Robert Leeson spends about one third of his time talking to children and encouraging them to write, which is a generous commitment, and another one third answering letters. He must have visited between 500 and 600 schools, meeting many hundreds of children. He sees himself as part of a movement composed of many authors who work to bring children and books together but he also sees it as a two-way process. He has three sources for his writing. Firstly, recollections of his own childhood. If you want to know how it feels to be 12 years old, you have only yourself and your remembered feelings. Secondly, the childhood of his own children. Thirdly, his contact with the children, aged between 8 and 18 years, whom he meets in schools. He encourages them to write because he wants every child to dignify his or her own experiences by setting them down. He sums up his intentions in working with the children by saying he wants every child to get as much from the enjoyment of reading as he did and he wants them also to ‘have the confidence to shape their dreams’.
He recommends the discussion of dreams to any teacher as a prelude to creative writing in view of the rich vein of material which it taps. It makes a link with his own early story making. He had made up his mind at 10 or 11 to be a writer. From 7 or 8, he had been making up stories just before sleeping, often continuations of the books he was reading with himself introduced as a major character. He has discovered that this is a very common practice among children. At 14, he wrote to a publisher, assuming that authors were ‘taken on’ as in other jobs, but they explained that to be an author it is usual to write a book first. On leaving school, he began writing as a junior reporter and continued to write for newspapers through the ’sixties, becoming Children’s Editor of the Morning Star in 1969. It was in 1973 that he wrote his first children’s book, Beyond the Dragon Prow. Historical novels were riding high at the time and they had been his own favoured reading. He went on to write the trilogy, ’Maroon Boy, Bess and The White Horse, set in the sixteenth and seventeenth centuries, but he also felt the need to widen his approach and he moved to a story which is a modern school story, spiced with fantasy and domestic humour. This was The Third Class Genie which started life as a newspaper serial. The story continues with the sequel, Genie on the Loose. His age range is wide. One of his very recent books, Candy for King, is a strongly written teenage book about a young soldier, while The Demon Bike Rider and Challenge in the Dark are two adventures for younger readers. He was not just writing children’s books, he was writing for children, with a very specific audience in mind.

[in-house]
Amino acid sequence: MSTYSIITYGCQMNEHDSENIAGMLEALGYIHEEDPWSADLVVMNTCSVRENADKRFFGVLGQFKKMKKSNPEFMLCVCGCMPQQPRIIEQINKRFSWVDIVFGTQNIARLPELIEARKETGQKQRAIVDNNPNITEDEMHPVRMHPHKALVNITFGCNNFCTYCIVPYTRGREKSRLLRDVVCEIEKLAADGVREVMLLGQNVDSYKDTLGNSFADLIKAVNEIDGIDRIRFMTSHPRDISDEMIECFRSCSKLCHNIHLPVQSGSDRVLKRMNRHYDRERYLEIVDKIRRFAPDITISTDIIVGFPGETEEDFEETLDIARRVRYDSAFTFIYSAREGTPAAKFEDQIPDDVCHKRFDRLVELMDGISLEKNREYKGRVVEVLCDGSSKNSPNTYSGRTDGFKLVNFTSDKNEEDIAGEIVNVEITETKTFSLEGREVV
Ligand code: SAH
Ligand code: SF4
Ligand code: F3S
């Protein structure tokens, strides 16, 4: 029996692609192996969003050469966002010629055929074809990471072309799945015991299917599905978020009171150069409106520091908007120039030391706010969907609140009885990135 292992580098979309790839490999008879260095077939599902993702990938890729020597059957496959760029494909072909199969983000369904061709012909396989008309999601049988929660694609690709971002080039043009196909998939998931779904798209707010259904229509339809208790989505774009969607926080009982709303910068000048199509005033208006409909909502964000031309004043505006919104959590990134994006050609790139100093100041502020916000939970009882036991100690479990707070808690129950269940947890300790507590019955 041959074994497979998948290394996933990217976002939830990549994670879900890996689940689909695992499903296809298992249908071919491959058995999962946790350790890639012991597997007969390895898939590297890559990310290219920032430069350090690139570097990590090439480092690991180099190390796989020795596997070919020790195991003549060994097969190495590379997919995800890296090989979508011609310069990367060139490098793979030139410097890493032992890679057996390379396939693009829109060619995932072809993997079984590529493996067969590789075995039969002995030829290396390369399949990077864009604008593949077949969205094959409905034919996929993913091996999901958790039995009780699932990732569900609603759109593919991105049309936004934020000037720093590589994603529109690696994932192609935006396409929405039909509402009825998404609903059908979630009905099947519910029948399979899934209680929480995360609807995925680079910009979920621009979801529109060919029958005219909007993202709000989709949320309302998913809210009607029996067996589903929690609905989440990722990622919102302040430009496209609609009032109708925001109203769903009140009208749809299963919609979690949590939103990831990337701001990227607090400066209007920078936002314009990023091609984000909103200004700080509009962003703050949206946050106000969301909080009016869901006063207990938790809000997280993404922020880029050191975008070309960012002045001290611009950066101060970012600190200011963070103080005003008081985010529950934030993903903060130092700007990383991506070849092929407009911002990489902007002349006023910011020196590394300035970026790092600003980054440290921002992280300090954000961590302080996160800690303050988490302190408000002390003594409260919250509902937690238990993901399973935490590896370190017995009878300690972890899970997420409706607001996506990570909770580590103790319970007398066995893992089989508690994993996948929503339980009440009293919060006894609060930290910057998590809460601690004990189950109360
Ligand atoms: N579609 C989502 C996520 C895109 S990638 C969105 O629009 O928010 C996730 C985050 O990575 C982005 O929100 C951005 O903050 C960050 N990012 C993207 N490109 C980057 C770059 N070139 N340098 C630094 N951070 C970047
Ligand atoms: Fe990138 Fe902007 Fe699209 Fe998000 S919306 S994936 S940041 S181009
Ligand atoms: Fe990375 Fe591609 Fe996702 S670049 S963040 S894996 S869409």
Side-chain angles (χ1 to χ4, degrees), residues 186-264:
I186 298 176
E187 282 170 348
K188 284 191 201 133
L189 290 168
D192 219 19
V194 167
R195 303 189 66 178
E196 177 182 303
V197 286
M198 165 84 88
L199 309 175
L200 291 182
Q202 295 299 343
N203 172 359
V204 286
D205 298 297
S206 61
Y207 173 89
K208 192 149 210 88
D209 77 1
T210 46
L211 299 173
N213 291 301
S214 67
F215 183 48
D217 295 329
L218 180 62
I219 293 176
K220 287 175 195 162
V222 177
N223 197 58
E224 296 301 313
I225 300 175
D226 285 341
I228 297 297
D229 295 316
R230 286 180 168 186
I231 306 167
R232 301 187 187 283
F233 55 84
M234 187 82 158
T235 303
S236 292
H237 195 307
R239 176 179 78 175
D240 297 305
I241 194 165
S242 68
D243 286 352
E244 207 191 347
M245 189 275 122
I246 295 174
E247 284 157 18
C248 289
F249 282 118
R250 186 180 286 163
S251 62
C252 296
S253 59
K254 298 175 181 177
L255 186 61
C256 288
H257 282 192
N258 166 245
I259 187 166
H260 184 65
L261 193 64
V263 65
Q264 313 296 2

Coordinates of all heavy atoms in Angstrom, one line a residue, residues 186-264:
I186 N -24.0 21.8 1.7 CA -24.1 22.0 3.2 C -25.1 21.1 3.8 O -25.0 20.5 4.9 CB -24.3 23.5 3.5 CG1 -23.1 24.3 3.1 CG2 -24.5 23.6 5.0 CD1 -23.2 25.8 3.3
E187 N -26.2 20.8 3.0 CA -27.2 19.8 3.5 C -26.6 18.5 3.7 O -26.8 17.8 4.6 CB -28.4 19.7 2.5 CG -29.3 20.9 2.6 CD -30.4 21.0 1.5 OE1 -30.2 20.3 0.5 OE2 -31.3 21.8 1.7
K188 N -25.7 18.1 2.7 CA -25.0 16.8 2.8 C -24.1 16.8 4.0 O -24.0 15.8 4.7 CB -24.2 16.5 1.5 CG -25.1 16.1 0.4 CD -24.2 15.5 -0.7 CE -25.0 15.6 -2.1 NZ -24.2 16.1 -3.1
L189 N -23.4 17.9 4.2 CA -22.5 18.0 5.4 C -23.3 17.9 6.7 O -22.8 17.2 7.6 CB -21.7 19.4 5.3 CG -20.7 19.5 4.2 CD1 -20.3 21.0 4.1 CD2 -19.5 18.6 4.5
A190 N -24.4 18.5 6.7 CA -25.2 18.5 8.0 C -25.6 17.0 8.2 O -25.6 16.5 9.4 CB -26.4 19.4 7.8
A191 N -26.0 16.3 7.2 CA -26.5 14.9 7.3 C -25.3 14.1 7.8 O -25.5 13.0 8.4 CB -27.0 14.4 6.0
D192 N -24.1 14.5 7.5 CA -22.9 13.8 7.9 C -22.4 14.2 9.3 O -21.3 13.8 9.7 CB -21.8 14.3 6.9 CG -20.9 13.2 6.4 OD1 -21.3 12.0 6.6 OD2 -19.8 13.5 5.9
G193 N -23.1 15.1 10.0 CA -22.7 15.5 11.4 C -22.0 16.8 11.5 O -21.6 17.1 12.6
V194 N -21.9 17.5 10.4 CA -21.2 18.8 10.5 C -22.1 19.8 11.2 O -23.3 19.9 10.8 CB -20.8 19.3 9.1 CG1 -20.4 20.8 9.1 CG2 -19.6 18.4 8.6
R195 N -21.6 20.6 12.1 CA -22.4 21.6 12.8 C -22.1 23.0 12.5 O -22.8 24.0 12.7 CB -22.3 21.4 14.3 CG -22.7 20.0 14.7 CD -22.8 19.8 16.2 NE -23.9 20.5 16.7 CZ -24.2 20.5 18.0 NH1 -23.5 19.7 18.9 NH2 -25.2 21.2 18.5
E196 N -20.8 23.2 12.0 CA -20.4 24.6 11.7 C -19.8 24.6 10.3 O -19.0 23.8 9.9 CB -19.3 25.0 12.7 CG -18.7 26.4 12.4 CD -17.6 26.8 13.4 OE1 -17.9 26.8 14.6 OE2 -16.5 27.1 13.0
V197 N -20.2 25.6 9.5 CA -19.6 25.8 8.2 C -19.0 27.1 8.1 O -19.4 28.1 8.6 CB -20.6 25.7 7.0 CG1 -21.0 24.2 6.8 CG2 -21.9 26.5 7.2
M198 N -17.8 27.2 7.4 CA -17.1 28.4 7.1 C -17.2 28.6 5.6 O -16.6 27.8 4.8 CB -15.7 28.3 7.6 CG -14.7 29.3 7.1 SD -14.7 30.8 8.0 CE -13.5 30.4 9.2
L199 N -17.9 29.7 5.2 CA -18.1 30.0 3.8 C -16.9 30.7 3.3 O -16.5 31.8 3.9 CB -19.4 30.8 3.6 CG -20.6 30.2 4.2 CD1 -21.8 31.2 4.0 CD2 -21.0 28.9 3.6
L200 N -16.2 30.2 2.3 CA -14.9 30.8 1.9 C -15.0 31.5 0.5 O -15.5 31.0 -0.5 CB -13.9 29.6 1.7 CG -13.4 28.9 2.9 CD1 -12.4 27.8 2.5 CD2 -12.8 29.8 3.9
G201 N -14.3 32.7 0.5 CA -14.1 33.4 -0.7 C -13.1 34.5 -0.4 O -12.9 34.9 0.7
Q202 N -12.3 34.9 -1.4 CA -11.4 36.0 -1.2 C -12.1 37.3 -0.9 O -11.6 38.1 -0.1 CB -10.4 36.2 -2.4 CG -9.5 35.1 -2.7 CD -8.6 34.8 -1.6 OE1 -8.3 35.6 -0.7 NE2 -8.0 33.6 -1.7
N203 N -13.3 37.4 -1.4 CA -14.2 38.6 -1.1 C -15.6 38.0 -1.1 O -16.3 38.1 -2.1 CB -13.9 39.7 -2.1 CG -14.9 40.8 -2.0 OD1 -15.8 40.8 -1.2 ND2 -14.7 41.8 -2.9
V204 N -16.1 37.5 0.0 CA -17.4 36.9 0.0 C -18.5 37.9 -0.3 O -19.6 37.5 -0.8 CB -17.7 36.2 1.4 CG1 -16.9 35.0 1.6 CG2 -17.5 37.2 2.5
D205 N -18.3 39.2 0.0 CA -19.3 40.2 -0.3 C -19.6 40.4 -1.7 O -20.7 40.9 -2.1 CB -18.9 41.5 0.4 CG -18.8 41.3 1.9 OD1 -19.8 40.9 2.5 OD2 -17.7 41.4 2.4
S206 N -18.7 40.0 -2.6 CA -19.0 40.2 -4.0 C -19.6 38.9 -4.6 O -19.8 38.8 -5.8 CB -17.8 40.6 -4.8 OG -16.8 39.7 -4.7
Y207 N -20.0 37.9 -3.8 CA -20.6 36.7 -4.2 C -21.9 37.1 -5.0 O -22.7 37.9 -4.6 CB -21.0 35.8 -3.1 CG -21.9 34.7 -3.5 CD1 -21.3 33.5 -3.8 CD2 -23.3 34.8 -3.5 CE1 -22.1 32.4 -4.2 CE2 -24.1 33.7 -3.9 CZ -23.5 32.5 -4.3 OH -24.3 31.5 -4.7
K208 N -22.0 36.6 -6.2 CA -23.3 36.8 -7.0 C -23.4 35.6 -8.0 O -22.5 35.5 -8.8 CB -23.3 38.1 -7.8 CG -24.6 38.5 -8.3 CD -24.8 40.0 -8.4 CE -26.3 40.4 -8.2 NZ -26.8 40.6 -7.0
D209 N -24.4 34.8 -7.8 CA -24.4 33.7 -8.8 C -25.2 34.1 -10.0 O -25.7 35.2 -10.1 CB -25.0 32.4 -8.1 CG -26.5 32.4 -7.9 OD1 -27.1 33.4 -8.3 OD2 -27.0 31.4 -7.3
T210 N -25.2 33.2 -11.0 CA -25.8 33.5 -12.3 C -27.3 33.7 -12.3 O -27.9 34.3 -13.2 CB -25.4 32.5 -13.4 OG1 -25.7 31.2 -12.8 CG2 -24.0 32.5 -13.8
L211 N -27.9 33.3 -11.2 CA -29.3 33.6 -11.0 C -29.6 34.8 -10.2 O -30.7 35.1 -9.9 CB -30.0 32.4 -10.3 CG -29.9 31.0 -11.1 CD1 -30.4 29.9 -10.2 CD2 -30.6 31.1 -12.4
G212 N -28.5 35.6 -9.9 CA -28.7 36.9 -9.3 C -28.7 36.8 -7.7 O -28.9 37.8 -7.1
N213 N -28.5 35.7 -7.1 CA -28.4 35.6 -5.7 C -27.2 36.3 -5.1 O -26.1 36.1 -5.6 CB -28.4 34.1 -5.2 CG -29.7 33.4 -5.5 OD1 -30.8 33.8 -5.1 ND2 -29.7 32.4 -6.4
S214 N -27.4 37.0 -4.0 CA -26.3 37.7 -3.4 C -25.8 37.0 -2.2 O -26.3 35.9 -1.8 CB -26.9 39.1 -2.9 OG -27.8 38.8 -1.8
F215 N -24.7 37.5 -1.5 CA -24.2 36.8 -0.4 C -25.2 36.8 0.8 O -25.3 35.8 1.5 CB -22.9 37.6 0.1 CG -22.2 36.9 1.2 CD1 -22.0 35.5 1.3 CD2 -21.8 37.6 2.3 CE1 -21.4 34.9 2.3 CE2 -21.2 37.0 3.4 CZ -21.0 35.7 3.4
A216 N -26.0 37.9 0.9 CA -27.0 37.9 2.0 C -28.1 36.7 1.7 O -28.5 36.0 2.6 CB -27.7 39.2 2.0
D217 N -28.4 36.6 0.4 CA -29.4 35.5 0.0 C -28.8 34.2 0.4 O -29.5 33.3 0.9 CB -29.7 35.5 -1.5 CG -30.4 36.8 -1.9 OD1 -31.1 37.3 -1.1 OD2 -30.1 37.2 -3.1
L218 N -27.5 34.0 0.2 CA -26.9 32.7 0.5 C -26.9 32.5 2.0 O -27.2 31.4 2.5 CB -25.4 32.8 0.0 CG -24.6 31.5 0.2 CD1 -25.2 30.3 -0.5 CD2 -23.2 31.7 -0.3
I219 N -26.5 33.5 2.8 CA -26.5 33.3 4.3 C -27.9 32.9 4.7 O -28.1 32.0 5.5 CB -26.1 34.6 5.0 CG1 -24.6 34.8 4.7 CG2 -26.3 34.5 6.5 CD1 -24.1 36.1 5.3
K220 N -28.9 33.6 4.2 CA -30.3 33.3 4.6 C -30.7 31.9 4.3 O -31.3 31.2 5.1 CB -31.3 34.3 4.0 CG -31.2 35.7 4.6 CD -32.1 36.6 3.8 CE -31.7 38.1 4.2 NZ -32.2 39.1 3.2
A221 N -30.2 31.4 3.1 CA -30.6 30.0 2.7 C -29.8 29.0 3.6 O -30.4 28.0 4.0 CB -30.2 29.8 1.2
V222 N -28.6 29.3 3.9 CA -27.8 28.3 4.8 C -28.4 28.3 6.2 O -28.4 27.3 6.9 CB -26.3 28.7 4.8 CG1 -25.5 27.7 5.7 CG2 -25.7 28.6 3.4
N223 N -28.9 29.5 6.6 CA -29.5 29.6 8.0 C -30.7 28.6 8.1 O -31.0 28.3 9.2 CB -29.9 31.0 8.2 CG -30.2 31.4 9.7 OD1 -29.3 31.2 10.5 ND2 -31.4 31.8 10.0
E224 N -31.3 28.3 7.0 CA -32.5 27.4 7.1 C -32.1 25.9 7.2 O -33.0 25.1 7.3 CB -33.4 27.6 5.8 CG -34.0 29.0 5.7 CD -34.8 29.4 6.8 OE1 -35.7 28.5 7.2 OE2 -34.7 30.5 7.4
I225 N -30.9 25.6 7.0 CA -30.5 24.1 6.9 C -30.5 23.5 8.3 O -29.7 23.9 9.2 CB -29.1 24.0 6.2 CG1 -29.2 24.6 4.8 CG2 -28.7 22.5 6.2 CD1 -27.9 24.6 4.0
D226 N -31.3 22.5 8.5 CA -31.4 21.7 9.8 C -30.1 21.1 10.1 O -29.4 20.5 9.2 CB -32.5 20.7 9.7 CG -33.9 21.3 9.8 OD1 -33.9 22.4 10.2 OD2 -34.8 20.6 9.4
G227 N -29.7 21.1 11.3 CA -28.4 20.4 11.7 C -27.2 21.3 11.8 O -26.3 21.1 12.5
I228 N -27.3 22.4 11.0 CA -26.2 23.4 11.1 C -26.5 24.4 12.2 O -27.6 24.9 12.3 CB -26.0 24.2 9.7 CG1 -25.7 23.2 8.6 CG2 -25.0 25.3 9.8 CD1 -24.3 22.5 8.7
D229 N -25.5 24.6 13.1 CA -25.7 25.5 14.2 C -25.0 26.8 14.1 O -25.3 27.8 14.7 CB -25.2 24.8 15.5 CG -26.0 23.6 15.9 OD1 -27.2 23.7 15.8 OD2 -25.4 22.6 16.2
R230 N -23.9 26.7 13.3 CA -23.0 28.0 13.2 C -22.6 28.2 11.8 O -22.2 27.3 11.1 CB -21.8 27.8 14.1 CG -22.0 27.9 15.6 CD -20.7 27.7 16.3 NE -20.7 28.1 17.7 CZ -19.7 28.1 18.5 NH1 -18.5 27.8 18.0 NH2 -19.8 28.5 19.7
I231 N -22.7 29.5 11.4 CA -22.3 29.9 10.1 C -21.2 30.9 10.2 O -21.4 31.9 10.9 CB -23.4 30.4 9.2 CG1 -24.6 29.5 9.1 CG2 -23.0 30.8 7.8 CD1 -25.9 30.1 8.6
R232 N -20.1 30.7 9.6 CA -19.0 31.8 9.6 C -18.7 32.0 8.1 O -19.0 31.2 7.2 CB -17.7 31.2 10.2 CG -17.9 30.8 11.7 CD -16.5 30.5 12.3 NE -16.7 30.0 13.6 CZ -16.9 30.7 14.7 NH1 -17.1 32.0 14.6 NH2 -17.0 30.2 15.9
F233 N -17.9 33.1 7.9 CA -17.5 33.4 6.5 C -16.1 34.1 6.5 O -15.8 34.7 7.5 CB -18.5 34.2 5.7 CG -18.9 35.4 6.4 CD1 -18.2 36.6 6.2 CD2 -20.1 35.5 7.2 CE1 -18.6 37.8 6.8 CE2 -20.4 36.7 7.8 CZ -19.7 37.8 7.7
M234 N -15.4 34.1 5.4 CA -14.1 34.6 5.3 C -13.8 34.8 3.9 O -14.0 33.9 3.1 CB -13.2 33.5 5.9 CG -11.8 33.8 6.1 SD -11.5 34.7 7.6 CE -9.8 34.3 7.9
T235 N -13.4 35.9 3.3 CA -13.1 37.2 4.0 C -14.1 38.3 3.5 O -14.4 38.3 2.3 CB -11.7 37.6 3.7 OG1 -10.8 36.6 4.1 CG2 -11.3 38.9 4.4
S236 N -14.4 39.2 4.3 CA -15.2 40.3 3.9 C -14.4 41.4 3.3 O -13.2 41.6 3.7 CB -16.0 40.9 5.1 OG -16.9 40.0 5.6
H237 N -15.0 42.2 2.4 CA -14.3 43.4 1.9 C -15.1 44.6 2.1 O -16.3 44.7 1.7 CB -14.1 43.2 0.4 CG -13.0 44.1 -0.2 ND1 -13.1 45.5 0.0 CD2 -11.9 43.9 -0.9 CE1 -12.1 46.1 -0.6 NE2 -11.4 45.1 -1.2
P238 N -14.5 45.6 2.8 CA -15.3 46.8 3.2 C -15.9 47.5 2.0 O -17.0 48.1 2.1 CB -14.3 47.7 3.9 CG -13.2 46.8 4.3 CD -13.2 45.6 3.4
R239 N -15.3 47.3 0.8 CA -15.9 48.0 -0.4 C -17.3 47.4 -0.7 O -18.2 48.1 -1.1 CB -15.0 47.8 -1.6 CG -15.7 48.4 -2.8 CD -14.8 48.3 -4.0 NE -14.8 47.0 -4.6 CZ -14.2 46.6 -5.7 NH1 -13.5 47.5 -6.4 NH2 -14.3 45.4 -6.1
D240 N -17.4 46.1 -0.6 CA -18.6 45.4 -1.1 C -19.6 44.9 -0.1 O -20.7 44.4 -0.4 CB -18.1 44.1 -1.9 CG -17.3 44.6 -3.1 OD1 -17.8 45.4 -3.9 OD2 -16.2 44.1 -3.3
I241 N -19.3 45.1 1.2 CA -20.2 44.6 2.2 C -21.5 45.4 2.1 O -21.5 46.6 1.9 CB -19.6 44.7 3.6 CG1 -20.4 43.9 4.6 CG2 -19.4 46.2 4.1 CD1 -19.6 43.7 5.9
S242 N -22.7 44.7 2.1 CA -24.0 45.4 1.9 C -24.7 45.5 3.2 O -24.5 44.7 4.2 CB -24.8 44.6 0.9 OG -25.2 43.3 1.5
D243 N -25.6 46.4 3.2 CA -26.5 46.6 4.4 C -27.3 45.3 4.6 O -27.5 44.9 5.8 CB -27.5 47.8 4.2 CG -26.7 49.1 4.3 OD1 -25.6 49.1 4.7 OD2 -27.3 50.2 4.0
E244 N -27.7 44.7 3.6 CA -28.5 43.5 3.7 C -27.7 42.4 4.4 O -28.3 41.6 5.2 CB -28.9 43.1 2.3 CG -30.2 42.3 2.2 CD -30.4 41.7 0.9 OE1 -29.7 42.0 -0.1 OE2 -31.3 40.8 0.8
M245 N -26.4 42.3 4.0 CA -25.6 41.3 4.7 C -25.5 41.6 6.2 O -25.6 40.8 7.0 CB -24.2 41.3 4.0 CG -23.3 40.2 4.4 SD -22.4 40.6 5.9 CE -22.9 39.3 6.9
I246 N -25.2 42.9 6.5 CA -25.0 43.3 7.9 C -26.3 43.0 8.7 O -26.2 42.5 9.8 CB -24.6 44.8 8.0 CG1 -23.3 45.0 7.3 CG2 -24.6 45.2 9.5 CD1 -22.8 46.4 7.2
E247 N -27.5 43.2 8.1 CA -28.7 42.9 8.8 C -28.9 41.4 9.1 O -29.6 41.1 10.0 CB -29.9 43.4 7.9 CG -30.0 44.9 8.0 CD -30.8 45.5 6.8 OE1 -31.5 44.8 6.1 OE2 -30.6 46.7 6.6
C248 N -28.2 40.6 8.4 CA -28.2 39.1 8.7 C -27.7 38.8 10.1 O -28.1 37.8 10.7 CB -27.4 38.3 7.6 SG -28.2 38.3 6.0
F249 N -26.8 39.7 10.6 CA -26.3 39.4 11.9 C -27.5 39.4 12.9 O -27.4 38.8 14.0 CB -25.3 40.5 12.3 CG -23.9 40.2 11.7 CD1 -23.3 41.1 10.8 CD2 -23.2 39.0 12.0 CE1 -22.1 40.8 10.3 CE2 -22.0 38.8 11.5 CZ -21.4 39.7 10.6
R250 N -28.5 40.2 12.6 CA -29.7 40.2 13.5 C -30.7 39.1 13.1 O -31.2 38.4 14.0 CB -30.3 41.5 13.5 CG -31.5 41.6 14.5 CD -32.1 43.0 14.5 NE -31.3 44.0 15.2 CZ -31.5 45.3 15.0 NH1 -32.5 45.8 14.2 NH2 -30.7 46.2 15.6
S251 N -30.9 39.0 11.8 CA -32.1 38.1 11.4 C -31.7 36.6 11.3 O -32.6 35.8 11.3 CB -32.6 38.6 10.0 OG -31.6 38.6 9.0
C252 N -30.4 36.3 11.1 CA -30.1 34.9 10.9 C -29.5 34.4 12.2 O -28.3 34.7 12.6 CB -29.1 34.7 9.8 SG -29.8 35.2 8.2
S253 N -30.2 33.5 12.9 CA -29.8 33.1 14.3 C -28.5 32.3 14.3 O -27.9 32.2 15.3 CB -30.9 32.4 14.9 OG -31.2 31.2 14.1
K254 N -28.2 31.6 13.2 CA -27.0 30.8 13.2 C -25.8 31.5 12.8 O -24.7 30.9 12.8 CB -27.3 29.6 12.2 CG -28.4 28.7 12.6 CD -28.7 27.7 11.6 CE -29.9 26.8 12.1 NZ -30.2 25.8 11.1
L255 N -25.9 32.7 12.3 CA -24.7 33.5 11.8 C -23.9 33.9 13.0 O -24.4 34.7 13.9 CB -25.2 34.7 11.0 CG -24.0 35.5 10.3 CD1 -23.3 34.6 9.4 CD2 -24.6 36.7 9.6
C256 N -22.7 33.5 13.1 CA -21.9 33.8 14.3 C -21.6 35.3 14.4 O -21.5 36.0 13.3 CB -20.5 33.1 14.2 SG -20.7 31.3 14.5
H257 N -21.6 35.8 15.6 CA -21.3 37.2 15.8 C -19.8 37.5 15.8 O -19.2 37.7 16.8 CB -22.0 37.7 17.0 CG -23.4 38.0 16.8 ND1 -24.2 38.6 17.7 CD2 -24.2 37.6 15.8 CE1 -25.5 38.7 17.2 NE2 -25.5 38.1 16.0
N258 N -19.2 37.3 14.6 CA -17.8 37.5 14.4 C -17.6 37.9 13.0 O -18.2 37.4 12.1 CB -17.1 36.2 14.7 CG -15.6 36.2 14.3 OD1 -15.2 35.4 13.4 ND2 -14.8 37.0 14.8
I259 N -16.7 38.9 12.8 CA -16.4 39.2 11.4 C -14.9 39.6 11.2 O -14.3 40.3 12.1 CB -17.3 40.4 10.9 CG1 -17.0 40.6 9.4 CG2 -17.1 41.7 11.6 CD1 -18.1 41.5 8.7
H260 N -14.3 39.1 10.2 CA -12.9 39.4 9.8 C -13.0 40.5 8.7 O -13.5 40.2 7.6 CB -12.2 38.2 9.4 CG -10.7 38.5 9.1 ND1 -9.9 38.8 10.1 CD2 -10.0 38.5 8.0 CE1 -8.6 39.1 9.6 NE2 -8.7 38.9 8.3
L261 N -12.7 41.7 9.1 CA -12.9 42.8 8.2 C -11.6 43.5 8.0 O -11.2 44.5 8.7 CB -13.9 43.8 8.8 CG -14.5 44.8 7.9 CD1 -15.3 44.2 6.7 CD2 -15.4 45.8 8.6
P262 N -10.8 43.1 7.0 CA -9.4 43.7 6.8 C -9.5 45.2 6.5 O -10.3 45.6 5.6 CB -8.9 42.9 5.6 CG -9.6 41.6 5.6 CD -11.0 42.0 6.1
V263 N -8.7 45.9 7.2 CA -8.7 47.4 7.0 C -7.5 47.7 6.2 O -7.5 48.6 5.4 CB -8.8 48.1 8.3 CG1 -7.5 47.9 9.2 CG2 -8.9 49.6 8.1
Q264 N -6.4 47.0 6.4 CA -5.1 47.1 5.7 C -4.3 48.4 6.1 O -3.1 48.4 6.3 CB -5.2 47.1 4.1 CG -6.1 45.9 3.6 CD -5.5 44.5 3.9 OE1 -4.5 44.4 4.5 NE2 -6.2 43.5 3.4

Robert Leeson has, in fact, very well formed ideas on children’s literature in all its aspects, and he has set them out in his latest book, Reading and Righting, subtitled ‘The past, present and future in fiction for the young’. His ideas demand our attention because he does not adopt the exclusive ‘I write for myself’ approach which makes the reader an observer. Rather, he sees children’s fiction as being inclusive, part of the social fabric, and in one sense, created by all of us. It is the authors who give it back to us in its particular form but he points out that the greatest changes in the last few years have been due to pressures from the outside. Children’s literature, for him, is not a junior branch of adult literature but an entity in its own right. It has its own reasons for its existence. By looking back, his book illuminates the future. He explains how, just as much as in the past, every book has a message and there is little point in pretending that it does not. There is a differential in age and experience between the author and the reader which results in a transfer of information. The aim may not be heavily didactic but children do learn from books. He believes that it is impossible to write a story free of all ethical and moral considerations which puts a certain burden of responsibility on the author – and, surely, on those of us who choose books for children. Reading and Righting not only deals with the past and present, however, as he is equally thoughtful about the future.